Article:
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Aerojet Rocketdyne: Surviving in a Competitive Space Economy

Aerojet Rocketdyne Holdings Inc. (NYSE:AJRD), a venerable rocket propulsion systems manufacturer, has enjoyed the fruits of an expanding space economy. As we discussed in a recent research note, the company has seen its star rise thanks to both its impressive cost-cutting measures and the growing market enthusiasm for space-related companies.


Some critics, however, worry that Aerojet Rocketdyne may struggle in the coming years as new entrants muscle in on its turf.

New kids on the block

The space industry, like the broader aerospace sector, has traditionally been dominated by a few big players. High capital costs, long research and development cycles and a limited pool of lucrative government contracts served to keep the industry relatively restricted. This state of affairs has been challenged over the course of the last decade thanks to a host of new entrants to the industry. Well-funded private space and rocketry enterprises have gained increasing traction, as UBS Group AG (NYSE:UBS) reported in May 2019:


"The number of investments in space has increased from eight in 2000-2004 to an average of 93 in the last five years, with the reported involvement of at least 16 of the world's richest billionaires...Because space investment is still in its early stages, we foresee rising private investment as costs/entry barriers decline and new public listings of private space ventures increase. Many new private space ventures are likely to become profitable in the coming years, and we would be surprised to not see some of these new start-ups IPO given their capital intensity."



Among the top players in this new private space sector are Elon Musk's Space Exploration Technologies (better known as SpaceX) and Amazon.com Inc. (AMZN) CEO Jeff Bezos' Blue Origin. SpaceX has raised billions of dollars from private investors, while Blue Origin has been funded largely from the pocket of its ultra-wealthy founder.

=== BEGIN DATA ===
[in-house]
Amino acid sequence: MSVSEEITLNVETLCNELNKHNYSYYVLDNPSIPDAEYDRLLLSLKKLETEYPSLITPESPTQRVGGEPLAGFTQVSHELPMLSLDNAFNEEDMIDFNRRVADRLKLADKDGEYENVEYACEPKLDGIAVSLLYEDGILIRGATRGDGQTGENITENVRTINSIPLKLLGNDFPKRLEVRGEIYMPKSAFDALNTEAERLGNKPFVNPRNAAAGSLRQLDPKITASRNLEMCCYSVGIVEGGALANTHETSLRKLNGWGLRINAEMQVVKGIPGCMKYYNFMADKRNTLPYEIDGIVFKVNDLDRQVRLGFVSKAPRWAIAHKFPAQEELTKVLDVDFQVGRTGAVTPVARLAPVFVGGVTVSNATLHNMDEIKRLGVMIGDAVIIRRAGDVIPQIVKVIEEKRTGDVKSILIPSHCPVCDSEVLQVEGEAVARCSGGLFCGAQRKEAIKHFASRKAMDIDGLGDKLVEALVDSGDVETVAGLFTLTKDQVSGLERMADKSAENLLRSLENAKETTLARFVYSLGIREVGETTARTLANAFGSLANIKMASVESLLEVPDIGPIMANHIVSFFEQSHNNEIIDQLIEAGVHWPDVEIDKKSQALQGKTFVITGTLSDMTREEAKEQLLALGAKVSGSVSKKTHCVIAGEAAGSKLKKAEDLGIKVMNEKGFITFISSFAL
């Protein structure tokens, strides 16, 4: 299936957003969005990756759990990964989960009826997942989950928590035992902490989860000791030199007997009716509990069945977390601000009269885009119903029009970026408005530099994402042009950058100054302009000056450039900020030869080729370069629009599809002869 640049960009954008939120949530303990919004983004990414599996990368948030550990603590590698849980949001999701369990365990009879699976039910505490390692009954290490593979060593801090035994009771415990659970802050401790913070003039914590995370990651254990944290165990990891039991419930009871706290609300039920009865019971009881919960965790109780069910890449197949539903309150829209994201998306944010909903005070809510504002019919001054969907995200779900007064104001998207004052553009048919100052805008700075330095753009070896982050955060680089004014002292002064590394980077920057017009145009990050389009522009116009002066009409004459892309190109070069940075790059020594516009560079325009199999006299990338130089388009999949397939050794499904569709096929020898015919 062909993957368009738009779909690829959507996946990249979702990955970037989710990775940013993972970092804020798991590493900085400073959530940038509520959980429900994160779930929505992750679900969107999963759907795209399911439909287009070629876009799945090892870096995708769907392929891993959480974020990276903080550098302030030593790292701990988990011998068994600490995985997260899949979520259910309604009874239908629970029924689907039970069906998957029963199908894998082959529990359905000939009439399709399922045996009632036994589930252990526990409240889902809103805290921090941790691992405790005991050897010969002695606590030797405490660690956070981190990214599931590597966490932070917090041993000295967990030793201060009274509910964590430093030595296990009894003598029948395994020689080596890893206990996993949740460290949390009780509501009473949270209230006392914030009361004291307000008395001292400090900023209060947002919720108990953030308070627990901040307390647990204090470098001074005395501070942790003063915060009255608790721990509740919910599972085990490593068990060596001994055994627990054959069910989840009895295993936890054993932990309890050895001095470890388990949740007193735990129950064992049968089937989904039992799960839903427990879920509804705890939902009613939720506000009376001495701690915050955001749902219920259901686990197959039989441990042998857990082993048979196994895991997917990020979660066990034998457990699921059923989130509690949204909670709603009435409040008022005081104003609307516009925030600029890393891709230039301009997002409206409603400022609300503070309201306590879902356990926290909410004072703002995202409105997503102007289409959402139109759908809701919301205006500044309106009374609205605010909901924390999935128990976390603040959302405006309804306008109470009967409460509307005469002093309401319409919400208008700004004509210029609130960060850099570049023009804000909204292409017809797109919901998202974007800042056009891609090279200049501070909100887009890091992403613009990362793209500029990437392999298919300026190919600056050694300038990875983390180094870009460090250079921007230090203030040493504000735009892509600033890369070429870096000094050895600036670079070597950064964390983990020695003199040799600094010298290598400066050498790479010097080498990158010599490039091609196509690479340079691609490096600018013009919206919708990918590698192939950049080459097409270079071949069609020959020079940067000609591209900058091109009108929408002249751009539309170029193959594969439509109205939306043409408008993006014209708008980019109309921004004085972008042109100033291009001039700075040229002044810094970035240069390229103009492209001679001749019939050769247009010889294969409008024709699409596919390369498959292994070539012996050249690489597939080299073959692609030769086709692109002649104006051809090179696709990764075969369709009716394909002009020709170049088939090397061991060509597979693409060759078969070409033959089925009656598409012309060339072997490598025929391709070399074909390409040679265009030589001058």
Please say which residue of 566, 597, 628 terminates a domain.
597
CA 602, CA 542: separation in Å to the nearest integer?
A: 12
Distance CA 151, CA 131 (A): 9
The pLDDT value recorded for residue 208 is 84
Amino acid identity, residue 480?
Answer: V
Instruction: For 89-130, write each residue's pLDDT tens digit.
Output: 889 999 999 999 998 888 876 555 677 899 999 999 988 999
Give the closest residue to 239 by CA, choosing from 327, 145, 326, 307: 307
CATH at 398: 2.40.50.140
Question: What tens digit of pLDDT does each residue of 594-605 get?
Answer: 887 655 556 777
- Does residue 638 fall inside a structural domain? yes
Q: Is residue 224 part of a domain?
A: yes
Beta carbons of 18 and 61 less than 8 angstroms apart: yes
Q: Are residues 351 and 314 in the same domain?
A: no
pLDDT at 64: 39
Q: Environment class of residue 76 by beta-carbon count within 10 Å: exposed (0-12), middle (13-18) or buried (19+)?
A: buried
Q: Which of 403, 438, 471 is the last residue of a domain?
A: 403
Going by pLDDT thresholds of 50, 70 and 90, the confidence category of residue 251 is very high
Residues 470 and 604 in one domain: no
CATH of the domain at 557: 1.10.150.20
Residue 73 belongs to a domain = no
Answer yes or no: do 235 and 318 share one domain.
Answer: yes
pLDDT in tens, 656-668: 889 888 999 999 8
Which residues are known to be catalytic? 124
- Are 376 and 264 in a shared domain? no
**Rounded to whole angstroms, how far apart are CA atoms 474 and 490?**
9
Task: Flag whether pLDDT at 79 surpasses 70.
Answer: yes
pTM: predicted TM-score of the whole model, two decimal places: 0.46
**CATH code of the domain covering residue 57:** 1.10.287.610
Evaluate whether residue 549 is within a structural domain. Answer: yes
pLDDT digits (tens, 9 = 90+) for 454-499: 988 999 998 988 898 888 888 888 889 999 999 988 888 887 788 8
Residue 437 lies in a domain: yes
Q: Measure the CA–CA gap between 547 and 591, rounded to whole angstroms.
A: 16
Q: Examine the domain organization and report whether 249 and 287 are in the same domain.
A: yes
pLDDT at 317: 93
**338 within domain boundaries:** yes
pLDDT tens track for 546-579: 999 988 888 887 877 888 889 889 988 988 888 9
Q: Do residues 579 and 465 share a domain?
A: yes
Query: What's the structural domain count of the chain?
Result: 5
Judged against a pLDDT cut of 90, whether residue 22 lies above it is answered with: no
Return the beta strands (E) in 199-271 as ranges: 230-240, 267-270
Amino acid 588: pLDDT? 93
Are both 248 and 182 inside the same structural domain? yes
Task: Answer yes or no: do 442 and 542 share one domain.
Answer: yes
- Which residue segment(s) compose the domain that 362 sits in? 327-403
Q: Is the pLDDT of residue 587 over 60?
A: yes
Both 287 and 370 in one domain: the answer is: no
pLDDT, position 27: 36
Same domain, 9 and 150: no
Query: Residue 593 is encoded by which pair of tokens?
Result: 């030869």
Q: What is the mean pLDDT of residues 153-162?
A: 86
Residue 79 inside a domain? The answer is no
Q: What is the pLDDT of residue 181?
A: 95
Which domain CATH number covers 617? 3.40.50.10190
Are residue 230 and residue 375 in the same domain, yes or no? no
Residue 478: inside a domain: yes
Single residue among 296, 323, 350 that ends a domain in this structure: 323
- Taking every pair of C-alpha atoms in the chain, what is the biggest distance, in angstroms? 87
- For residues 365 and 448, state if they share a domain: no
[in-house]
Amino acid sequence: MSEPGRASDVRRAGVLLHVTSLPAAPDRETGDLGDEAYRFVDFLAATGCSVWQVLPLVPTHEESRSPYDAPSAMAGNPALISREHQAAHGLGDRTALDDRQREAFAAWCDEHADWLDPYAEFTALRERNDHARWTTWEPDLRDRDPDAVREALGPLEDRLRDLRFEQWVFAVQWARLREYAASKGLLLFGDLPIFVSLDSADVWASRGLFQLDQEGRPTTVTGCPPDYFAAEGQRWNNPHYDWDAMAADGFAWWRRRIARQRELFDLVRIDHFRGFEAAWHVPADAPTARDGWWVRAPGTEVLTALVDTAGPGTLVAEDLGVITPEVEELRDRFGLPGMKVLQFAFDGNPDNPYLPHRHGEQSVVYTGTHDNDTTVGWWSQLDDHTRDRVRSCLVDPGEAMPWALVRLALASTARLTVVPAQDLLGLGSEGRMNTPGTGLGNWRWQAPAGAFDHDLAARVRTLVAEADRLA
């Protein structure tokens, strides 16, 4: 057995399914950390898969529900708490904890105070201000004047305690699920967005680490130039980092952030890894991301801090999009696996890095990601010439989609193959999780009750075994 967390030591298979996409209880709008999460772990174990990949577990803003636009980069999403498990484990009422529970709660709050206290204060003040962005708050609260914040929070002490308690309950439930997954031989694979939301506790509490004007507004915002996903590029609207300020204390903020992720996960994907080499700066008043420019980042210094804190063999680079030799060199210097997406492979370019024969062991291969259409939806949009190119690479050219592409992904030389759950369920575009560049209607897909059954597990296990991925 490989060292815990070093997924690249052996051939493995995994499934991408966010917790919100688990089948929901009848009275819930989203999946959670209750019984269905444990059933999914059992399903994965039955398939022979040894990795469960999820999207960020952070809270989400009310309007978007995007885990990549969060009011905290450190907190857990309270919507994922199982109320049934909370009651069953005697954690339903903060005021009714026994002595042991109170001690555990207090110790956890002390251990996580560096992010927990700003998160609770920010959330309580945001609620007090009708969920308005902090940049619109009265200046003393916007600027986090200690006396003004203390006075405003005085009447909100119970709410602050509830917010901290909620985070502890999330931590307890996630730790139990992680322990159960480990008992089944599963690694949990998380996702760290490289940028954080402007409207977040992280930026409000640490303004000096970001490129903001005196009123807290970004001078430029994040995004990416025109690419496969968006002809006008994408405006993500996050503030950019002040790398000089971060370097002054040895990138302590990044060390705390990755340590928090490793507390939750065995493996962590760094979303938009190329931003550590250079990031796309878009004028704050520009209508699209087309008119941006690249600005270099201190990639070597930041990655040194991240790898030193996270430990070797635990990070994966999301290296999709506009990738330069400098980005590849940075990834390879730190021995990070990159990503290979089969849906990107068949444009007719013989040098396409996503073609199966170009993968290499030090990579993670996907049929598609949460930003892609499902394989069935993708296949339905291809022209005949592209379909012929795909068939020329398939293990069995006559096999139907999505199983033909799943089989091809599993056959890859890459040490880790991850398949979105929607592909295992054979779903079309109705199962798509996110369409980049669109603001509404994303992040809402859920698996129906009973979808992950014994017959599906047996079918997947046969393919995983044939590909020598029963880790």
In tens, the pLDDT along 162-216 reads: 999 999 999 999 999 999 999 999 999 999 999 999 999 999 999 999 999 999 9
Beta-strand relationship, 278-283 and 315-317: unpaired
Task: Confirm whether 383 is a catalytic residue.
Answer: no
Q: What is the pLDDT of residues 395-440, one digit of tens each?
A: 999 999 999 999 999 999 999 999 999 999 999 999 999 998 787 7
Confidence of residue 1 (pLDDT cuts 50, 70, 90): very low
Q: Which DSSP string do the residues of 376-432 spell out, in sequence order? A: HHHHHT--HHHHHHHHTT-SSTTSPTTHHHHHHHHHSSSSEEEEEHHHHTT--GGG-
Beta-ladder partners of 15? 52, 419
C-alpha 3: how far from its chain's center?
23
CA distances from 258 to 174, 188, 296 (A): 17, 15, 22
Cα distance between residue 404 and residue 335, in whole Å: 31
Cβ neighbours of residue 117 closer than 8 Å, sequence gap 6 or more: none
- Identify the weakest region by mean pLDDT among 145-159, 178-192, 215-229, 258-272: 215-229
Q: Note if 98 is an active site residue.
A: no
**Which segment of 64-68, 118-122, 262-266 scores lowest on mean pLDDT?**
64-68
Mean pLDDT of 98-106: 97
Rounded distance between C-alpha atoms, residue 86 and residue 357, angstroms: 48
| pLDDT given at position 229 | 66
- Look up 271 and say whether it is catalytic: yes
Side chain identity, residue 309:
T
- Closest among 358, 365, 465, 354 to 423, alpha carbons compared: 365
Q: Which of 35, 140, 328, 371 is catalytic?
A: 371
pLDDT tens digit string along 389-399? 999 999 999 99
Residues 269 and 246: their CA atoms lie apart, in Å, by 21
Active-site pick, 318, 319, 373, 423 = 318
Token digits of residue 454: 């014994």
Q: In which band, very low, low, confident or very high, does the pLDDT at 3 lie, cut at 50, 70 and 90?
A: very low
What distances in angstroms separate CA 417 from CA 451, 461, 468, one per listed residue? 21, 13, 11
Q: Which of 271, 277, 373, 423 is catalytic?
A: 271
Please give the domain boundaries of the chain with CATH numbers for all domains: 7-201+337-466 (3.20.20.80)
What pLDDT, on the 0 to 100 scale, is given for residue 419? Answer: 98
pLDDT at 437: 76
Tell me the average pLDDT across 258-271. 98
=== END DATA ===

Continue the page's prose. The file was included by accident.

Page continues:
Benefits of experience

The prospect of deep-pocketed private upstarts threatening Aerojet Rocketdyne's business worries some investors. The space economy is all about the future, and zippy, agile private companies may well garner more attention than the lumbering giants of the established industry.

Aerojet Rocketdyne, however, has been in the jet propulsion business since World War II and has been an important player in spaceflight since the earliest days of the National Aeronautics and Space Administration. As The Wall Street Journal reported in August, that experience and institutional knowledge is a source of positive competitive differentiation for the company:


"It also has an edge that many of the new entrants don't: It can pitch its products as offering lower risk, thanks to nearly 80 years of accumulated expertise and intellectual property. As the company's Chief Financial Officer Paul Lundstrom puts it: 'It is rocket science, and we've been here from the beginning.'"



While new may be sexy, experience and know-how is what gets the job done. For companies and governments in need of rocket propulsion systems, Aerojet Rocketdyne is a tried and tested name. Indeed, even some of the newcomers to the industry appreciate its experience and skill. For example, Blue Origin relied on Aerojet Rocketdyne to build its New Shepard Crew Capsule Escape Solid Rocket Motor.

Yet, while it remains a strong player in the field of rocket propulsion, Aerojet Rocketdyne cannot afford to rest on its laurels and reputation.

Competition is real